Headlining this comedy evening for the new Pride in Trafford five-day LGBTQ+ event, Tom Allen rounded off a night of witty, and genuinely funny, comedy from Bethany Black and Annette Fagon.
Opening the night, Bethany Black proved herself to be a real gem: she’s the kind of authentic comedian whose intelligent material takes surprising turns. Her mainly autobiographic content is fresh, understated and can only be described as tragi-comedy.
While Bethany’s self-awareness is as astute as Tom Allen’s, she represents the opposite end of the self-confidence scale. Observations on her agoraphobia, appearance and sexuality are cleverly set up and honestly retold. Equal in likeability to the very contrasting Tom and Annette with their abundant energy, Bethany is a talent not to be underestimated.
Tom is an all-round entertainer whose style is one of mock-outrage and almost continuous ranting. If he wasn’t so instinctively allergic to sport, I’d suggest he takes up underwater hockey as he needs to come up for breathe so rarely. Laughs come as much from his delivery as from his content. Blasting out his fury at banal situations, he uses repetition and hyperbole to great comic effect.
Tom’s performative superiority reflects the sass we all want to express--if we could get away with it--in daily life. These painfully accurate put downs are smugly expressed by a man who takes ‘living fabulously’ to a new level.
While some of the content may not be entirely original, the combined force of Tom’s likeable personality and committed delivery make them entertaining and comfortable in equal measure. There is little controversy, minimal offense, and nothing much beyond the realm of mainstream opinion in his act. While the (hilarious and promising) Annette Fagon and Bethany Black acknowledge stereotypes more subtly, Tom highlights his adherence to working class and gay stereotypes with pride and awareness.
Annette Fagon is a naturally funny woman. She commands an audience with impressive flare and confidence for someone relatively new to the comedy scene – she is clearly at home on the stage. Boldly blaring through a range of topics, she jokes about not trusting an audience and them in turn not trusting her.
Annette’s jokes revolve around diversity, racism and equal opportunities, though far from the way you might expect. Genius gags about applying for Arts Council funding raise a great deal of laughter; by the end of her act, no one is in any doubt that her sex life would tick all the boxes on an ‘Equal Opportunities’ form. With a personality like that, it’s impossible to watch Annette Fagon and not want to be her friend.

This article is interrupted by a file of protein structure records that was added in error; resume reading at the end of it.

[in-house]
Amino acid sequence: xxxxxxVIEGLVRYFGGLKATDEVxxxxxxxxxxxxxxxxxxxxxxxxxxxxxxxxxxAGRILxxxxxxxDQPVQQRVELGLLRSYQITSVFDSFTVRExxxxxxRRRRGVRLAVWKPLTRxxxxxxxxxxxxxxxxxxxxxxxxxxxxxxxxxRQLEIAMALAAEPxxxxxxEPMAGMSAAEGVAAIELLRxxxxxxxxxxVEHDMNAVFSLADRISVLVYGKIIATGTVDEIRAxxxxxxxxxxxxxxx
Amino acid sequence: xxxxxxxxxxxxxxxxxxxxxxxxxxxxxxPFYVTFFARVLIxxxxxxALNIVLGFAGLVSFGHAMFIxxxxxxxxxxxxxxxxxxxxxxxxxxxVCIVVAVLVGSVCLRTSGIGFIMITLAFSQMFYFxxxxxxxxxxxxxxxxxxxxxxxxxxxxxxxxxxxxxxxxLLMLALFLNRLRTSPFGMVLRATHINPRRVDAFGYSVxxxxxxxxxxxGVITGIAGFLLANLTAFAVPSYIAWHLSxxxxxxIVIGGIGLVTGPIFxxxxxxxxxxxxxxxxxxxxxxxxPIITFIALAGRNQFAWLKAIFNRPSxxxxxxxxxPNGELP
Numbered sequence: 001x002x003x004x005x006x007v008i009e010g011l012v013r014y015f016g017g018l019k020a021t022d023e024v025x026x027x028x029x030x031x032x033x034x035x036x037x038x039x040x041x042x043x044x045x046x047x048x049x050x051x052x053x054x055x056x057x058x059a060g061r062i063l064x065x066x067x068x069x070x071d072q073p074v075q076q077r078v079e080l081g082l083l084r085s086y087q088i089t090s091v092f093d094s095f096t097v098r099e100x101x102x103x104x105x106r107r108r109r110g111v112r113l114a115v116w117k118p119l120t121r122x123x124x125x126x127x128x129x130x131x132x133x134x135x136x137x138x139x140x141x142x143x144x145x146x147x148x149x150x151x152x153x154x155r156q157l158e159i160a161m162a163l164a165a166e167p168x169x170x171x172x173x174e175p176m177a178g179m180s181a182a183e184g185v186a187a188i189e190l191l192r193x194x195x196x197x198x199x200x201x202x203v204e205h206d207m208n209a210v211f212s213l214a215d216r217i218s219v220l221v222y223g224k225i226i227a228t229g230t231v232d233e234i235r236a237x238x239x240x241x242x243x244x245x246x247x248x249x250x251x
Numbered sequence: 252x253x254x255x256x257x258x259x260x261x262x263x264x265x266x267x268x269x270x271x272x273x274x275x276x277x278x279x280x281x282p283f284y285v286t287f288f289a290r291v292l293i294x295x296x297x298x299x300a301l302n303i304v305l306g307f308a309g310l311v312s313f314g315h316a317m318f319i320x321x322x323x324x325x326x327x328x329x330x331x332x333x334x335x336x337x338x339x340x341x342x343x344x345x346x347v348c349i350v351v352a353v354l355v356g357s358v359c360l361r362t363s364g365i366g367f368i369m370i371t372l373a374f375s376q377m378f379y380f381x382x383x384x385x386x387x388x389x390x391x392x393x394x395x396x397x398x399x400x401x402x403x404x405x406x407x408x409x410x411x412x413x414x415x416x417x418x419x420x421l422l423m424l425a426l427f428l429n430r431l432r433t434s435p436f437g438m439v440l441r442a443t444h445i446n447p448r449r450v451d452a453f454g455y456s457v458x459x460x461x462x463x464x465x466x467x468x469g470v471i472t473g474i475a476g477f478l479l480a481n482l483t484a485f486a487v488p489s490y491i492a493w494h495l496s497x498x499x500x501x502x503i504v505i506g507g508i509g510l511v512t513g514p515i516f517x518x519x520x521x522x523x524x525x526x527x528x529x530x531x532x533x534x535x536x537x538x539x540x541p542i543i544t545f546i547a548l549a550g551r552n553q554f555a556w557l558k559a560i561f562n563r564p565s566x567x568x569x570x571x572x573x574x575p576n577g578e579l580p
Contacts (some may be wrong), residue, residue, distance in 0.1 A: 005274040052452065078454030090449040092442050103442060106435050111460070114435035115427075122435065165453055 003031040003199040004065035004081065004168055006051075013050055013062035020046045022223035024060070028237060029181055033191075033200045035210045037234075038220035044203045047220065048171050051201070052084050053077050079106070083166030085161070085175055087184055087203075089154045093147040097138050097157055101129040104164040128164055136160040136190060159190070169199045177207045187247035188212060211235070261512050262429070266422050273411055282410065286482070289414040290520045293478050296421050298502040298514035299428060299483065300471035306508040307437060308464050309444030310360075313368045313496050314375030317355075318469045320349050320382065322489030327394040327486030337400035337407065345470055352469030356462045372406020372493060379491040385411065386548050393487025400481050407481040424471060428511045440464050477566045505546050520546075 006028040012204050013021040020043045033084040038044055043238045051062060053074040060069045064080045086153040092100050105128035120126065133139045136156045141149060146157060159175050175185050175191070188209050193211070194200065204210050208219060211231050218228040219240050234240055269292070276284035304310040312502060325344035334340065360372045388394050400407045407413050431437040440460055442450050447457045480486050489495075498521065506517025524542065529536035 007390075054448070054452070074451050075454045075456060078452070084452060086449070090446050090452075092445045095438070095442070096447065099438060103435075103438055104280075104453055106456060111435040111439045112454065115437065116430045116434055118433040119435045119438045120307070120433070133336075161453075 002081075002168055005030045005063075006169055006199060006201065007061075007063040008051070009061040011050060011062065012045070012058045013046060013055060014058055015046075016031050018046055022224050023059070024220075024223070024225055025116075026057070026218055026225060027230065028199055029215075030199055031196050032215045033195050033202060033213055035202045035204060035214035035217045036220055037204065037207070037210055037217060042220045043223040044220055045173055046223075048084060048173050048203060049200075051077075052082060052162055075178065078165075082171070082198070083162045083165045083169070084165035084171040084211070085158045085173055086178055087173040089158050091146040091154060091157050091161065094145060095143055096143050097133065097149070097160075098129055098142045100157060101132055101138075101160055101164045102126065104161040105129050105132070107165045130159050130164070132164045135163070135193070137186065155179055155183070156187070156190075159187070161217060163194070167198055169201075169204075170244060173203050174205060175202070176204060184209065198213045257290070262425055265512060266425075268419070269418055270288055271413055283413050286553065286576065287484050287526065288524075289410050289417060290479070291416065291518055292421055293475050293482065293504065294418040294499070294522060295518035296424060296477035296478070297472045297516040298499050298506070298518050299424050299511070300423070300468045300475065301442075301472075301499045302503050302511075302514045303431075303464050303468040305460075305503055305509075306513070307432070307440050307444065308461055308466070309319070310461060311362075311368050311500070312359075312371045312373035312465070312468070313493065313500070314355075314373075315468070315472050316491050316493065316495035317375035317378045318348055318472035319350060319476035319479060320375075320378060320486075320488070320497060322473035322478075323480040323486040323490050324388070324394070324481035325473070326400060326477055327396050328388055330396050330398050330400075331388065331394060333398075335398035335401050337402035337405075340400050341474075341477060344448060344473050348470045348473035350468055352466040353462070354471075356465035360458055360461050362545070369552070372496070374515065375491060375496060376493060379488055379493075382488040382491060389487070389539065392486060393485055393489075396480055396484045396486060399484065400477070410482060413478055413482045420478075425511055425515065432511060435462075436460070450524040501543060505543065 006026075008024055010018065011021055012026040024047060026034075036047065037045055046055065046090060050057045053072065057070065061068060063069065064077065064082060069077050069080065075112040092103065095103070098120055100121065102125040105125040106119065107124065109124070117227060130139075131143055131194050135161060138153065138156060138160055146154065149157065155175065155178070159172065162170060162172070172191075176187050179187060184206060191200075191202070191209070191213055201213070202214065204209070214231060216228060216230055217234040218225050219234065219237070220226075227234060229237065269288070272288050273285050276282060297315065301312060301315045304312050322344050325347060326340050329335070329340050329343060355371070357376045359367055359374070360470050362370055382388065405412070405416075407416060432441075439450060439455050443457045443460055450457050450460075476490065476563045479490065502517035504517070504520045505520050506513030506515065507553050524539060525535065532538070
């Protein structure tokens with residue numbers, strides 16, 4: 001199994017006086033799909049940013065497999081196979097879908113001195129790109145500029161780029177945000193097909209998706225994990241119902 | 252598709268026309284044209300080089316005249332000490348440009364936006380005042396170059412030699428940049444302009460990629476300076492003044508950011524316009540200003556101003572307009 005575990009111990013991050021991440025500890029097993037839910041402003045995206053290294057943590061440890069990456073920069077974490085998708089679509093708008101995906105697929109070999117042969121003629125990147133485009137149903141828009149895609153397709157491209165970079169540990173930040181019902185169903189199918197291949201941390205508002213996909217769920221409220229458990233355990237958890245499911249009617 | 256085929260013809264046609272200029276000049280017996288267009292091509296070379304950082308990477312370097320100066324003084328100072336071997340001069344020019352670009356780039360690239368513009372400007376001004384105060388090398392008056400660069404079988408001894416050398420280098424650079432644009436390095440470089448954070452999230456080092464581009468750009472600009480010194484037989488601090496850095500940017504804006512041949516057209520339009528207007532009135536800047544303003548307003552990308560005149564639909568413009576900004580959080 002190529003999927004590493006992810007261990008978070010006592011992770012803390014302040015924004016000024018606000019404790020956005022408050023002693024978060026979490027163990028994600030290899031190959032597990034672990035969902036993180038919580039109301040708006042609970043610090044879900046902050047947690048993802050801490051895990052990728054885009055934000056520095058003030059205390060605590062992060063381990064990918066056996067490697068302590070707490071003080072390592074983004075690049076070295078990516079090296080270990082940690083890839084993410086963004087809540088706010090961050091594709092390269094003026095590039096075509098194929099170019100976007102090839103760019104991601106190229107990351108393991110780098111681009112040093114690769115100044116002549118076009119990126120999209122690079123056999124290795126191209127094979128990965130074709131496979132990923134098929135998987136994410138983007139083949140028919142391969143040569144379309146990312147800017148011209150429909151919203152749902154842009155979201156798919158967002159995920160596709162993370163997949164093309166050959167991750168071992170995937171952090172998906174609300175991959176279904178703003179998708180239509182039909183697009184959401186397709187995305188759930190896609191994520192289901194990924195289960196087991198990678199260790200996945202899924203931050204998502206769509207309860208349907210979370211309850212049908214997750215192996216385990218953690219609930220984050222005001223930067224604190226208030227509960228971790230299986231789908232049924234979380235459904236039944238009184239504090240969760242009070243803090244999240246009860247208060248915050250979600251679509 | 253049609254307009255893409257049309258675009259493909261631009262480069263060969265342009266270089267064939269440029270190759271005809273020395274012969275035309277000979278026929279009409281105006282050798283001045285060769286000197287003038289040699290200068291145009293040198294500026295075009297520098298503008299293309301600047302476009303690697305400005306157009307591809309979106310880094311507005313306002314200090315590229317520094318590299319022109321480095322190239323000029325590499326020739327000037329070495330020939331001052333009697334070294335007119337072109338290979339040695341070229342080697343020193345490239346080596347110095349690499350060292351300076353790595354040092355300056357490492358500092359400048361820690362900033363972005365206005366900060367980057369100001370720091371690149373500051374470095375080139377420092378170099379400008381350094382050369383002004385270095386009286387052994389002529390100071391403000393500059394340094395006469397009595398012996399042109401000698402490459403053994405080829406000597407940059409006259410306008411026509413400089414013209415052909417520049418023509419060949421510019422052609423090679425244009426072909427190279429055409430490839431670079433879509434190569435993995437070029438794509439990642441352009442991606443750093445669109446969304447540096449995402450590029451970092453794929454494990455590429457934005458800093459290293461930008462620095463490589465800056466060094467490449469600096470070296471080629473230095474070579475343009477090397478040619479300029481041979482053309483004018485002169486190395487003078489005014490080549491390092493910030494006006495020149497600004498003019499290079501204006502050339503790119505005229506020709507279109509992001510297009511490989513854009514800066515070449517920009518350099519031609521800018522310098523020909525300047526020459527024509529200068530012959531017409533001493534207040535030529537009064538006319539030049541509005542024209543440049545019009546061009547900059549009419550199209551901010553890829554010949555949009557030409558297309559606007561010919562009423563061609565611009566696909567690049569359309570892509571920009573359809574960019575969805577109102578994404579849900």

In a similar way to Annette, watching Tom Allen leads to great relief when you realise you’re not alone in your slightly evil reflections on the annoying people around you; Tom gives us license to bitch internally without judgement and laugh at our own superior opinions.
Tom’s material is based heavily on his self-confessed extreme campness, relying on anecdotes both from childhood and adulthood to win over the audience. Feeling at home in a John Lewis store, he wears his stereotypical gay attributes with the most flamboyant pride imaginable and thankfully avoided the topic of internet dating, which is becoming a predictable topic on the UK comedy circuit.
Tom recalls a seemingly traumatic Hen Do where he was, shock horror, one of two invited ‘token gays.’ Extreme jealousy prevails and Tom is reduced to competing pitifully for the approval of this gaggle of women, throwing serious shade on the choice of each Hen activity. His high speed, highly accurate summary of a day-in-the-life of a teacher’s mind is another highlight, packed with gags and hilarious observations of frazzled lessons.
All in all, the combination of these three talented comics will leave your sides hurting and is a great reminder for how important laughter is in everyday life.
Reviewer: Eve Ryan
Reviewed: 17th May 2019
North West End Rating: ★★★★